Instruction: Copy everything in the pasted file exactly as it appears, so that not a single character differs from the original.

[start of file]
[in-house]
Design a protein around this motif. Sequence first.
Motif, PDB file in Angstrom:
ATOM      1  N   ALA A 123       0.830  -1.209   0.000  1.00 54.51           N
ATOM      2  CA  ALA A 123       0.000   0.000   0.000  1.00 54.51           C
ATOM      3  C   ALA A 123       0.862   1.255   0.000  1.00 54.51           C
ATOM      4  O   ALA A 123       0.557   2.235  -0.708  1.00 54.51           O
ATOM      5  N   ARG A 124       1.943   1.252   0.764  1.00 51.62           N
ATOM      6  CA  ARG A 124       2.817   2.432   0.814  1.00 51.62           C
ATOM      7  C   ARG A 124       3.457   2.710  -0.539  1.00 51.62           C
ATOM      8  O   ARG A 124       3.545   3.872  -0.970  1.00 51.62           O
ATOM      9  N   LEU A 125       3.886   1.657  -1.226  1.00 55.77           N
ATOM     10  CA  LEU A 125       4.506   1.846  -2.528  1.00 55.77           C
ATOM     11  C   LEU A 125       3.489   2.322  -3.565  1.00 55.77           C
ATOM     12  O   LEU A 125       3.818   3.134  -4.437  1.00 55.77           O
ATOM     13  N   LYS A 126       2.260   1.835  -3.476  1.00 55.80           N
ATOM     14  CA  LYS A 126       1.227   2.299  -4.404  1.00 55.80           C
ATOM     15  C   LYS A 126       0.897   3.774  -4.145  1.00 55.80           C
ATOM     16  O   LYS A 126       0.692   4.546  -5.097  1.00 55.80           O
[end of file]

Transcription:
[in-house]
Design a protein around this motif. Sequence first.
Motif, PDB file in Angstrom:
ATOM      1  N   ALA A 123       0.830  -1.209   0.000  1.00 54.51           N
ATOM      2  CA  ALA A 123       0.000   0.000   0.000  1.00 54.51           C
ATOM      3  C   ALA A 123       0.862   1.255   0.000  1.00 54.51           C
ATOM      4  O   ALA A 123       0.557   2.235  -0.708  1.00 54.51           O
ATOM      5  N   ARG A 124       1.943   1.252   0.764  1.00 51.62           N
ATOM      6  CA  ARG A 124       2.817   2.432   0.814  1.00 51.62           C
ATOM      7  C   ARG A 124       3.457   2.710  -0.539  1.00 51.62           C
ATOM      8  O   ARG A 124       3.545   3.872  -0.970  1.00 51.62           O
ATOM      9  N   LEU A 125       3.886   1.657  -1.226  1.00 55.77           N
ATOM     10  CA  LEU A 125       4.506   1.846  -2.528  1.00 55.77           C
ATOM     11  C   LEU A 125       3.489   2.322  -3.565  1.00 55.77           C
ATOM     12  O   LEU A 125       3.818   3.134  -4.437  1.00 55.77           O
ATOM     13  N   LYS A 126       2.260   1.835  -3.476  1.00 55.80           N
ATOM     14  CA  LYS A 126       1.227   2.299  -4.404  1.00 55.80           C
ATOM     15  C   LYS A 126       0.897   3.774  -4.145  1.00 55.80           C
ATOM     16  O   LYS A 126       0.692   4.546  -5.097  1.00 55.80           O